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Prediction of changes in bone density after operation for primary hyperparathyroidism

Bergenfelz, A LU ; Lindergård, B LU and Ahrén, B LU (1993) In Annales chirurgiae et gynaecologiae 82(4). p.9-245
Abstract

Primary hyperparathyroidism (pHPT) is associated with osteopenia. However, the individual variation in recovery in bone mass after surgery is large. Therefore, modes of prediction of the increase in bone mass after parathyroid surgery were investigated. Preoperatively and at one year after surgery bone mineral content (BMC) in the distal radius was measured with single photon absorptiometry technique in 40 patients with pHPT. Serum levels of calcium, intact parathyroid hormone (PTH), alkaline phosphatase, osteocalcin and Vitamin D metabolites were also determined. Preoperatively, Z-score of BMC was -0.85 +/- 1.20 SD below the normal mean. There was a modest association between BMC and serum levels of osteocalcin (r = -0.34; P <... (More)

Primary hyperparathyroidism (pHPT) is associated with osteopenia. However, the individual variation in recovery in bone mass after surgery is large. Therefore, modes of prediction of the increase in bone mass after parathyroid surgery were investigated. Preoperatively and at one year after surgery bone mineral content (BMC) in the distal radius was measured with single photon absorptiometry technique in 40 patients with pHPT. Serum levels of calcium, intact parathyroid hormone (PTH), alkaline phosphatase, osteocalcin and Vitamin D metabolites were also determined. Preoperatively, Z-score of BMC was -0.85 +/- 1.20 SD below the normal mean. There was a modest association between BMC and serum levels of osteocalcin (r = -0.34; P < 0.05), and dihydroxycholecalciferol (r = -0.35; P < 0.05). At one year after surgery, mean BMC increased by 2% (P < 0.05), but with a wide dispersion. Preoperative Z-score of BMC correlated with the relative change in BMC (r = -0.33; P < 0.05). An increase in BMC with 95% confidence was evident in 10 of the patients. None of these patients had a preoperative Z-score of BMC above the mean expected for age and sex. We conclude that the increase in bone mass after surgery for pHPT is small and evident only in a portion (approximately 25%) of patients. Hence, a decrease in bone mass should not be a major indication for surgery in pHPT.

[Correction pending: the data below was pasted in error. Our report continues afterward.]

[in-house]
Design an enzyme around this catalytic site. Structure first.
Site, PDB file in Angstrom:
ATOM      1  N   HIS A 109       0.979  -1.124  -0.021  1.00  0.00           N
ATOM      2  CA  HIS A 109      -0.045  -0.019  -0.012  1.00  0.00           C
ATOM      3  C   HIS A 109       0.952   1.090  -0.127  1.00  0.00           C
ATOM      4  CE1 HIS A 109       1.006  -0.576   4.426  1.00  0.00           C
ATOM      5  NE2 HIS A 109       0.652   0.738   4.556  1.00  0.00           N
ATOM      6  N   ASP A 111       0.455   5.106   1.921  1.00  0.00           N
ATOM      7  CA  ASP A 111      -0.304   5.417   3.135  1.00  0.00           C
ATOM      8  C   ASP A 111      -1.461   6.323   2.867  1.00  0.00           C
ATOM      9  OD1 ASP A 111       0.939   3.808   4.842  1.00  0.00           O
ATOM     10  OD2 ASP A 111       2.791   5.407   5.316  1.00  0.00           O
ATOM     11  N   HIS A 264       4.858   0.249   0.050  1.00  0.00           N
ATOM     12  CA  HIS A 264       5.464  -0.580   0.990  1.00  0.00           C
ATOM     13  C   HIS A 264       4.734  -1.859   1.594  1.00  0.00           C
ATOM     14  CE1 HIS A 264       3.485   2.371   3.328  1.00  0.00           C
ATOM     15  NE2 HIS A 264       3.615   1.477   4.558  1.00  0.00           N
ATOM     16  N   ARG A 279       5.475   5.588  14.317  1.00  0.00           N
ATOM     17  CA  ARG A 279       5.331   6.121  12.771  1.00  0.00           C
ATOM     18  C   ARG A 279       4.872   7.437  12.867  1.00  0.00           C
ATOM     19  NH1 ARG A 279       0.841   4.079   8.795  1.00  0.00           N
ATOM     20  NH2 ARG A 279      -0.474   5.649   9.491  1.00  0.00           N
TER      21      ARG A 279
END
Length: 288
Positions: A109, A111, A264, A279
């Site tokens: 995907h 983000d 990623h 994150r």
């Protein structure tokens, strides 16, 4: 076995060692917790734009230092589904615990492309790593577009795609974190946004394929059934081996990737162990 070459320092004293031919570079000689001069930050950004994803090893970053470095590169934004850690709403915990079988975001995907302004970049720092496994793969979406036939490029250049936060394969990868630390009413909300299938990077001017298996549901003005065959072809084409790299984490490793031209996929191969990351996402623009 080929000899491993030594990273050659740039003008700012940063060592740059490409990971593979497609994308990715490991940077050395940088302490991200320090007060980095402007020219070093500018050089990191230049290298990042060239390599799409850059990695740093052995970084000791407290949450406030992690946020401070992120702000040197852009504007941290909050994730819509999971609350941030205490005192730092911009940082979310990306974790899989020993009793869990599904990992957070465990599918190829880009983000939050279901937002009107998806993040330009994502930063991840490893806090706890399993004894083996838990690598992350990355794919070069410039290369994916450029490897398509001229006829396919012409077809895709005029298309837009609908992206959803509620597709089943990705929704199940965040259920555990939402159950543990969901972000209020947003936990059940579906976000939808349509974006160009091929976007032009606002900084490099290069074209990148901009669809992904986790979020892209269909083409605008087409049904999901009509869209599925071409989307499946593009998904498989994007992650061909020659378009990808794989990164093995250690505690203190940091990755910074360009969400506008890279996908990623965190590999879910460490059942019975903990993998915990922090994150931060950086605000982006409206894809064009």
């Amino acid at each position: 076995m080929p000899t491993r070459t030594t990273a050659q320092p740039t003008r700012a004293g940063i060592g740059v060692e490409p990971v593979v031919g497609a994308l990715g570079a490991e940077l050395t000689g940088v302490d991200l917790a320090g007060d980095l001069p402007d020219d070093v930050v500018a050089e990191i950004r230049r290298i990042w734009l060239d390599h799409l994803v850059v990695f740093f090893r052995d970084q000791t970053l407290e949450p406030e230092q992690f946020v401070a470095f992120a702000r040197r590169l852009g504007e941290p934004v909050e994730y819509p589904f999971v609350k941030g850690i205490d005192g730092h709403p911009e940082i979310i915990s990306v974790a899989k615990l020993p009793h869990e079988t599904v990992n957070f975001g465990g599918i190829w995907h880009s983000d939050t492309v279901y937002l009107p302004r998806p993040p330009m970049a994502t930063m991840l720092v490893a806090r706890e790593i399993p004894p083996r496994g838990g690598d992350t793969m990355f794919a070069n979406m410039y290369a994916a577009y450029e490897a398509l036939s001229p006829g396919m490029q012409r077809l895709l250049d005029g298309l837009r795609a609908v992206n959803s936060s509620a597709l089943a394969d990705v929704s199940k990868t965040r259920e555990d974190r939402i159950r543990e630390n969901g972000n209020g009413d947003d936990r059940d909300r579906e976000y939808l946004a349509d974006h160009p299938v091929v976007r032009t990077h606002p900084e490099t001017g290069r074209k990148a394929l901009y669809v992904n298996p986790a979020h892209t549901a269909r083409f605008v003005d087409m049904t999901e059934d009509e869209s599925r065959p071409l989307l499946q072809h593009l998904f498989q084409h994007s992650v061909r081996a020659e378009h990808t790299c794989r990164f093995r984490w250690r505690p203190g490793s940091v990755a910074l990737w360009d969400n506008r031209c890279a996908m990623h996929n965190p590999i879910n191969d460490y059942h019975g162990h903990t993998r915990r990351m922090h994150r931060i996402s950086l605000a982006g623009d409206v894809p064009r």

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keywords
Bone Density, Cohort Studies, Dihydroxycholecalciferols, Female, Follow-Up Studies, Humans, Hyperparathyroidism, Male, Middle Aged, Osteocalcin, Parathyroid Hormone, Journal Article, Research Support, Non-U.S. Gov't
in
Annales chirurgiae et gynaecologiae
volume
82
issue
4
pages
9 - 245
external identifiers
  • scopus:0027742232
ISSN
0355-9521
language
English
LU publication?
yes
id
ee2cc805-c749-4283-bd7a-16f922957d16
date added to LUP
2017-05-10 17:47:24
date last changed
2017-08-09 15:21:39
@article{ee2cc805-c749-4283-bd7a-16f922957d16,
  abstract     = {<p>Primary hyperparathyroidism (pHPT) is associated with osteopenia. However, the individual variation in recovery in bone mass after surgery is large. Therefore, modes of prediction of the increase in bone mass after parathyroid surgery were investigated. Preoperatively and at one year after surgery bone mineral content (BMC) in the distal radius was measured with single photon absorptiometry technique in 40 patients with pHPT. Serum levels of calcium, intact parathyroid hormone (PTH), alkaline phosphatase, osteocalcin and Vitamin D metabolites were also determined. Preoperatively, Z-score of BMC was -0.85 +/- 1.20 SD below the normal mean. There was a modest association between BMC and serum levels of osteocalcin (r = -0.34; P &lt; 0.05), and dihydroxycholecalciferol (r = -0.35; P &lt; 0.05). At one year after surgery, mean BMC increased by 2% (P &lt; 0.05), but with a wide dispersion. Preoperative Z-score of BMC correlated with the relative change in BMC (r = -0.33; P &lt; 0.05). An increase in BMC with 95% confidence was evident in 10 of the patients. None of these patients had a preoperative Z-score of BMC above the mean expected for age and sex. We conclude that the increase in bone mass after surgery for pHPT is small and evident only in a portion (approximately 25%) of patients. Hence, a decrease in bone mass should not be a major indication for surgery in pHPT.</p>},
  author       = {Bergenfelz, A and Lindergård, B and Ahrén, B},
  issn         = {0355-9521},
  keyword      = {Bone Density,Cohort Studies,Dihydroxycholecalciferols,Female,Follow-Up Studies,Humans,Hyperparathyroidism,Male,Middle Aged,Osteocalcin,Parathyroid Hormone,Journal Article,Research Support, Non-U.S. Gov't},
  language     = {eng},
  number       = {4},
  pages        = {9--245},
  series       = {Annales chirurgiae et gynaecologiae},
  title        = {Prediction of changes in bone density after operation for primary hyperparathyroidism},
  volume       = {82},
  year         = {1993},
}